Textbook Turmoil: Is Containing the Cost of College Textbooks a Role for State Legislatures?
Bell, Julie Davis, Badolato, Vincent, State Legislatures
Carlyn Mumm paid more for her books--$975--one semester as a freshman at Arizona State University than her father paid for tuition--$600--at the University of Illinois in 1977. For some of her science and business classes, one book can cost nearly $200.
Mumm's biggest frustration is that many of her textbooks are used for only one semester and students get very little when selling the books back. She says she got nothing at all for a $175 accounting book because a new edition was coming out.
Undergraduate students have many courses with expensive textbooks that contain extra supplementary material such as CDs and workbooks that they never use but have to buy. The extra materials run about 30 percent of the cost of the books, Mumm says. "Professors don't generally teach from the course books and the CDs and workbooks are just study guides that don't help in any way." Worse, she says, is that classes often require two books and normally one of them is never used.
Professors often create "course packs" of materials and articles for students that are much cheaper, but bookstores don't allow students to return them--even if they are unused.
"My dad tried to help me buy some Microsoft booklets for a computer science class on the Internet," she says. "But we found out that what I needed was written specifically for ASU. I could only get them at the bookstore," Munn says.
State legislators are hearing similar stories from students and parents frustrated by the high cost of college textbooks piled on top of tuition hikes.
"Many students and their families are increasingly finding college financially out of reach," says Oklahoma House Speaker Lance Cargill. "Tuition costs are just one component, we need to look at all of the hidden costs, such as fees, textbooks and supplies."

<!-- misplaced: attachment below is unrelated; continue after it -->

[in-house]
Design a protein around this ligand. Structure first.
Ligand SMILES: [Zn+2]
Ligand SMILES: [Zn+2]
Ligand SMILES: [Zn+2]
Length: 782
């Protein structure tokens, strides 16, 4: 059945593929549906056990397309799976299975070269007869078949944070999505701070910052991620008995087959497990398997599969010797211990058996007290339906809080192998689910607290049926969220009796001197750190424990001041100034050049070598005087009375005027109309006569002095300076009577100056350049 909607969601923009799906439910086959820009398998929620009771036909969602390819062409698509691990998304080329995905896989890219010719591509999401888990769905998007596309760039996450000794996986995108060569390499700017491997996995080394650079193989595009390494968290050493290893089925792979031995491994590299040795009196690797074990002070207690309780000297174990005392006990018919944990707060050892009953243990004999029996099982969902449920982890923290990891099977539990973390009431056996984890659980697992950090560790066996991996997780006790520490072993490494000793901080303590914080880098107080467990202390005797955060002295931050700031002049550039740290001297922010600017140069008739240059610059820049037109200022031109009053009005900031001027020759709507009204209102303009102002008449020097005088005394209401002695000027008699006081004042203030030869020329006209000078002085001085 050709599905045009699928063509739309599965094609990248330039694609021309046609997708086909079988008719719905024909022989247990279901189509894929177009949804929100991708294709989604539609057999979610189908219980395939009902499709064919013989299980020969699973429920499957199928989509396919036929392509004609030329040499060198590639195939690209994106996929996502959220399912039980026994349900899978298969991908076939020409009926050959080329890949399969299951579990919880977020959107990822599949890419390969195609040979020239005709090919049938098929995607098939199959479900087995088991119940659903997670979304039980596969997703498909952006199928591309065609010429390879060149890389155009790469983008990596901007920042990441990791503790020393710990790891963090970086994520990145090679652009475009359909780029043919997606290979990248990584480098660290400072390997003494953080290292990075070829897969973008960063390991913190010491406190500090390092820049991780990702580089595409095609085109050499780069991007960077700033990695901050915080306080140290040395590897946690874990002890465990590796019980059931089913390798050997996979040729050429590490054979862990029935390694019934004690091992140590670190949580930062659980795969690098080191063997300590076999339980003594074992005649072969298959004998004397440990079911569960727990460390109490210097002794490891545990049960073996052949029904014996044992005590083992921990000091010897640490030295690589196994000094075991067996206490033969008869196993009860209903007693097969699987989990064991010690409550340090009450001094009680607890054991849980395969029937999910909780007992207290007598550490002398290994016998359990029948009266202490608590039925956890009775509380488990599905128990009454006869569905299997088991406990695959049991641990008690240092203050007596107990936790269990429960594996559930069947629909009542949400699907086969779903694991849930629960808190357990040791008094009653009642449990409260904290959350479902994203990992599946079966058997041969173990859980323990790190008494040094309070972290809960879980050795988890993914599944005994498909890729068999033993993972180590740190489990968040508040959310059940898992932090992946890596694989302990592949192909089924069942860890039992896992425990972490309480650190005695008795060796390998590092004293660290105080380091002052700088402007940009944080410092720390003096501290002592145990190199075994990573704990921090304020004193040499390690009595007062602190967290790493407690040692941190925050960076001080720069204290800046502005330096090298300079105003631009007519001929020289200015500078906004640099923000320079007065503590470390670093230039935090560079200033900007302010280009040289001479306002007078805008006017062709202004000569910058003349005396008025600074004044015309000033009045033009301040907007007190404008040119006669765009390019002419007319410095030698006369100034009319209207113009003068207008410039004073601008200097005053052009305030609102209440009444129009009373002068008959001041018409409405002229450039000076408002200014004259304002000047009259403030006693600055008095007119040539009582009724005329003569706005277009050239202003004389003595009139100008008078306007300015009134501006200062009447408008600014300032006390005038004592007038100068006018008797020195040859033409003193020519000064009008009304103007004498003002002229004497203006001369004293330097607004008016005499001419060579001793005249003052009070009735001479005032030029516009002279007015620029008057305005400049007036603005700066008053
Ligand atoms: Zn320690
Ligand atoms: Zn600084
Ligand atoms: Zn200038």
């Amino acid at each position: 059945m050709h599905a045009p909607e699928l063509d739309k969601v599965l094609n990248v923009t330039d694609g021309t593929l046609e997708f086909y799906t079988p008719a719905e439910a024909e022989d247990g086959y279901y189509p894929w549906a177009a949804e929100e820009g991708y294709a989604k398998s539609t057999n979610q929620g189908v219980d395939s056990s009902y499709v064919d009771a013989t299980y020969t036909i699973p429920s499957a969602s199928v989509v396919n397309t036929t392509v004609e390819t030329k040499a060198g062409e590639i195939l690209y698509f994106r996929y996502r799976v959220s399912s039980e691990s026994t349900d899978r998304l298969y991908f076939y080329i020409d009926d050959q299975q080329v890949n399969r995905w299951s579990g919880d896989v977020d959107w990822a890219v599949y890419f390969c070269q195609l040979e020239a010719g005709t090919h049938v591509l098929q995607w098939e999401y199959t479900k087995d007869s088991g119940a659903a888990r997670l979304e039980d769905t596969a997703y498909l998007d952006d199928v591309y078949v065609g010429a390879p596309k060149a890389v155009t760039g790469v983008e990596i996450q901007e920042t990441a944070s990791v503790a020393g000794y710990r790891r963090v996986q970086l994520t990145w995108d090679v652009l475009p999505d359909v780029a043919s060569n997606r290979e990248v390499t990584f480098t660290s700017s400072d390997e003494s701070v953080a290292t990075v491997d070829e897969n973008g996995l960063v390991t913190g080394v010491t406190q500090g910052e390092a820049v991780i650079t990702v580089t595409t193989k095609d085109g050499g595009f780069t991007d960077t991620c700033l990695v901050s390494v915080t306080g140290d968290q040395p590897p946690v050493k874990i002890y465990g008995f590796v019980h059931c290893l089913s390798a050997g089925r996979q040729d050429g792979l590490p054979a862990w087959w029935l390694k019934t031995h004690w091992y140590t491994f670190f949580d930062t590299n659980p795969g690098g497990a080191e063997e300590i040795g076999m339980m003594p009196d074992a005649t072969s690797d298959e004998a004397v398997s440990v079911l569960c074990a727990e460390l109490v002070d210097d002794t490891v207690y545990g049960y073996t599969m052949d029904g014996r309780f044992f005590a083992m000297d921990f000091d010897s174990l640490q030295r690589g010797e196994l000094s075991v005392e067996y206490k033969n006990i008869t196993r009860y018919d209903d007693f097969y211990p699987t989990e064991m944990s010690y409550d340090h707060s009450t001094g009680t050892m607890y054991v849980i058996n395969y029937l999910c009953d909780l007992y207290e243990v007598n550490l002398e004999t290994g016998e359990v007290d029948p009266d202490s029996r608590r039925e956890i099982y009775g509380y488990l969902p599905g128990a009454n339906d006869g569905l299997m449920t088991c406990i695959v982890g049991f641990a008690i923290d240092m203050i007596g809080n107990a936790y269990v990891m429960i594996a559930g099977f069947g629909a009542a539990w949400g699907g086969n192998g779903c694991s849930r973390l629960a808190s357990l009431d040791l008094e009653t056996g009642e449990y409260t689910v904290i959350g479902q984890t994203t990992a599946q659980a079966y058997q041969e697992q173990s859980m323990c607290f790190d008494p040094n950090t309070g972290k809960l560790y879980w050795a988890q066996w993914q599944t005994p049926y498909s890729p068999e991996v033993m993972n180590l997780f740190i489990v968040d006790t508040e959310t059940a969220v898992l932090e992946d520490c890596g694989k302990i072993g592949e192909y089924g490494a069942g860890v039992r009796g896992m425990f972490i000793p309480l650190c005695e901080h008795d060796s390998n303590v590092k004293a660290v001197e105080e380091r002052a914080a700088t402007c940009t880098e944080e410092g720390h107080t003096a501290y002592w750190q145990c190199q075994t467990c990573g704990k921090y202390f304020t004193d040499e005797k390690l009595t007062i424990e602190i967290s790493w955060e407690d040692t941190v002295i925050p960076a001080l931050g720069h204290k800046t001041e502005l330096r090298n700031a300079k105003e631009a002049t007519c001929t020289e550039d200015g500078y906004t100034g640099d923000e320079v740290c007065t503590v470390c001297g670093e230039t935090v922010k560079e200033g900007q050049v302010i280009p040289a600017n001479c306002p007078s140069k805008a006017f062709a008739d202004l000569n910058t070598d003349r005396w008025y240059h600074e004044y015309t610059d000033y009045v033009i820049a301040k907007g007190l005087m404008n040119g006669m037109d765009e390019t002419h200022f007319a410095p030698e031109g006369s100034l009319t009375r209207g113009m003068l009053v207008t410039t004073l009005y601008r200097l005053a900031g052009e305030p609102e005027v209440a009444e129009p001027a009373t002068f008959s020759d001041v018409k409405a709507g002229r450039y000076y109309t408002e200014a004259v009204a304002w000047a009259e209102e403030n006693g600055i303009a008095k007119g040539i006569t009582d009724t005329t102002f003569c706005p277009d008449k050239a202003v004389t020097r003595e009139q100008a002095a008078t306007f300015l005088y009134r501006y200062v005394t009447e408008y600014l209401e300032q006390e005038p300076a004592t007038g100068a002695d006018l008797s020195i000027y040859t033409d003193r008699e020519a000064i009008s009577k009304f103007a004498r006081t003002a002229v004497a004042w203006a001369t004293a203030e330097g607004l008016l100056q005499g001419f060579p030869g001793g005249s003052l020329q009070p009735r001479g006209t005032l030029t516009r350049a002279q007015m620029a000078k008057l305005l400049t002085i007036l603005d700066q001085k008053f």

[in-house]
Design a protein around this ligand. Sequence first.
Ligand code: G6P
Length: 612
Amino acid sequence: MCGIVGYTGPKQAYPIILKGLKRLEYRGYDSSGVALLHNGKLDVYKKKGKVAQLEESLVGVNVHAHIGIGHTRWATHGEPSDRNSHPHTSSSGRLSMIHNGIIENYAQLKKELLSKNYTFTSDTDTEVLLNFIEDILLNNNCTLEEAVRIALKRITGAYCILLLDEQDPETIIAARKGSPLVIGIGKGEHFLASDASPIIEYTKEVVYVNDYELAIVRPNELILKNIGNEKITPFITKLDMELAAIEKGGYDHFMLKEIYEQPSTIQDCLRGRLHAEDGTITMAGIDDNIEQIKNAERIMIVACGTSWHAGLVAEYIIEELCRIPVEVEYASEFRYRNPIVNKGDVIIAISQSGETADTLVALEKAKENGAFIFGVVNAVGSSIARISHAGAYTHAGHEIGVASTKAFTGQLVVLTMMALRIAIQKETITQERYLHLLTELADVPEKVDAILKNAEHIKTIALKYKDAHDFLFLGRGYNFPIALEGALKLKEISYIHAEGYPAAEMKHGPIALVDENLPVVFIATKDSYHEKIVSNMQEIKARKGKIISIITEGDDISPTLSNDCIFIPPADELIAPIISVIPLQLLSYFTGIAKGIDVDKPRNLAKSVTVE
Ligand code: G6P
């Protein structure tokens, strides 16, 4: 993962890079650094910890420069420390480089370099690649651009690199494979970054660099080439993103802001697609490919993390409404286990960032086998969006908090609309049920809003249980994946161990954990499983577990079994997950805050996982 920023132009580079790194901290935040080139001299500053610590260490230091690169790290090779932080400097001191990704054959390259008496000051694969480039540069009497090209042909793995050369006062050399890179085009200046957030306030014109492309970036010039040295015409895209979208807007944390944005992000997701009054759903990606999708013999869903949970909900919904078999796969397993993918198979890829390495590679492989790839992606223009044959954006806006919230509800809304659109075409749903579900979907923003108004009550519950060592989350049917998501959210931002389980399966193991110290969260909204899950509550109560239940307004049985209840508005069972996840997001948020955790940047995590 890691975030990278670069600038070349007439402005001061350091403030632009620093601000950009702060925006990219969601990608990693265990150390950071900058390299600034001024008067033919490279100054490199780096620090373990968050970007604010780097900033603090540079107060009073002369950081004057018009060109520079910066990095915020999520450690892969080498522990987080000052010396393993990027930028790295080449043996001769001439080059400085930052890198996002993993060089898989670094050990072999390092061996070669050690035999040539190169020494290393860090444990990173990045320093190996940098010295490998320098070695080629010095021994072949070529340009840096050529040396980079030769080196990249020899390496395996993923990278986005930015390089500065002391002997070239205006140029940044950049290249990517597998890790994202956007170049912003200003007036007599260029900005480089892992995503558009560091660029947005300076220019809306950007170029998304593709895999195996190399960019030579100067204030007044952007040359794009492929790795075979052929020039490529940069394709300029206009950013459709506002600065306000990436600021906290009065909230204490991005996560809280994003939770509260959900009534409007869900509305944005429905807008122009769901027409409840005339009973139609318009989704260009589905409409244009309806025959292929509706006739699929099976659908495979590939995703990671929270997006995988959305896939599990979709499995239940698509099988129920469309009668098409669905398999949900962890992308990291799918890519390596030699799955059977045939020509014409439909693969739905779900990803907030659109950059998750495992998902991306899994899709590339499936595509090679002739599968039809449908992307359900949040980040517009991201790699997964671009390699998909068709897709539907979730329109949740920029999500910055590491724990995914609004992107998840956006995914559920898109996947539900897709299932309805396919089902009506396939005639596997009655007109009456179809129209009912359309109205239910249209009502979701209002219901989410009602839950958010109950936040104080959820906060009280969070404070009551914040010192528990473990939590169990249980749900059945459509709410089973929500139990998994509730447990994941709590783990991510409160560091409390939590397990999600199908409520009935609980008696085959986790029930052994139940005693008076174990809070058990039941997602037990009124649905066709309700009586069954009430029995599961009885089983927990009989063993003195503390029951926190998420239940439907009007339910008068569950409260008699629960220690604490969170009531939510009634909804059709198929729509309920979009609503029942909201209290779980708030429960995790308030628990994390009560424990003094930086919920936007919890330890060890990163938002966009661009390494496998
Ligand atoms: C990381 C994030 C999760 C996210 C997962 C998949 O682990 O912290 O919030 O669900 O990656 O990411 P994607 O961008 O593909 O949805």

Legislators are struggling to figure out the best ways to contain the rising cost of college. In 2007 alone, more than 85 bills in 27 states dealt with textbook affordability. At the end of the year, 10 states enacted 15 laws or resolutions to reduce textbook costs. They take a variety of approaches from mandates and regulations to encouragements and promotions of rental and buy-back programs.
The College Board estimates that the average four-year undergraduate student spent $942 on textbooks and supplies during the 2006-07 academic year. That's 16 percent of the average tuition of $5,836 and about 6 percent of total costs (including room and board) for an in-state student. It's an even higher percentage for community college students who pay less tuition, but the same for books.
The Association of American Publishers, which has mobilized both at the state and national level to deal head on with increased legislative activity on the issue, says the real cost for textbooks is about $600. The AAP argues that the College Board figure is misleading because it includes supplies--including computers, lab equipment and calculators.
Whether the number is $900 or $600, many students claim there's been an unfair price increase in books. According to a 2005 GAO Report, college textbook prices have increased at twice the rate of inflation over the last two decades. From December 1986 to December 2004, overall inflation was 72 percent, while textbooks increased 186 percent, and tuition and fees increased by 240 percent.
RIP-OFF OR HIGHLY COMPETITIVE
Much of the legislation introduced on this issue has been pushed by the U.S. Public Interest Research Group (U.S. PIRG), which is taking on the publishing industry on behalf of college students. PIRG calls the situation "Rip-Off 101" and says publishers are involved in a scam intended to maximize profit at the expense of the students.
PIRG claims the most widely purchased textbooks on college campuses have new editions published about every three years and that they cost, on average, 45 percent more than used copies of the previous edition. …